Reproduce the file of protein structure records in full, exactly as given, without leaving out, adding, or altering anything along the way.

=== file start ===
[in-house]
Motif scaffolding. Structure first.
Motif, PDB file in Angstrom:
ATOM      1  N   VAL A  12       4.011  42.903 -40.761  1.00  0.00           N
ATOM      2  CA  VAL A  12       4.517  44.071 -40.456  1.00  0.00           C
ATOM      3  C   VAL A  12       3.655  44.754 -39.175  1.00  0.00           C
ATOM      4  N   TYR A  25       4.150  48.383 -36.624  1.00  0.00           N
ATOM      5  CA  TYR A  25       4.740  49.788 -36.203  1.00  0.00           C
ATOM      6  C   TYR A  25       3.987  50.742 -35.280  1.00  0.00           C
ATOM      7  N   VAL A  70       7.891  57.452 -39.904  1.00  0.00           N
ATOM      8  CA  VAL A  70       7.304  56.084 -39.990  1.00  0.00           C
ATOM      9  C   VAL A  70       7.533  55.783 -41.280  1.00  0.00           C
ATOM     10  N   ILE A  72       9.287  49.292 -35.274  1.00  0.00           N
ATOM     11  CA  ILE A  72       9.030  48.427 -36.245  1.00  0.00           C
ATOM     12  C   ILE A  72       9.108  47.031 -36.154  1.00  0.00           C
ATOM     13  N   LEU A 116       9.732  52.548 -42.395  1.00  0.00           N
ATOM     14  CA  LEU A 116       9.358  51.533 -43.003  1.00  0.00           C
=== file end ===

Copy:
[in-house]
Motif scaffolding. Structure first.
Motif, PDB file in Angstrom:
ATOM      1  N   VAL A  12       4.011  42.903 -40.761  1.00  0.00           N
ATOM      2  CA  VAL A  12       4.517  44.071 -40.456  1.00  0.00           C
ATOM      3  C   VAL A  12       3.655  44.754 -39.175  1.00  0.00           C
ATOM      4  N   TYR A  25       4.150  48.383 -36.624  1.00  0.00           N
ATOM      5  CA  TYR A  25       4.740  49.788 -36.203  1.00  0.00           C
ATOM      6  C   TYR A  25       3.987  50.742 -35.280  1.00  0.00           C
ATOM      7  N   VAL A  70       7.891  57.452 -39.904  1.00  0.00           N
ATOM      8  CA  VAL A  70       7.304  56.084 -39.990  1.00  0.00           C
ATOM      9  C   VAL A  70       7.533  55.783 -41.280  1.00  0.00           C
ATOM     10  N   ILE A  72       9.287  49.292 -35.274  1.00  0.00           N
ATOM     11  CA  ILE A  72       9.030  48.427 -36.245  1.00  0.00           C
ATOM     12  C   ILE A  72       9.108  47.031 -36.154  1.00  0.00           C
ATOM     13  N   LEU A 116       9.732  52.548 -42.395  1.00  0.00           N
ATOM     14  CA  LEU A 116       9.358  51.533 -43.003  1.00  0.00           C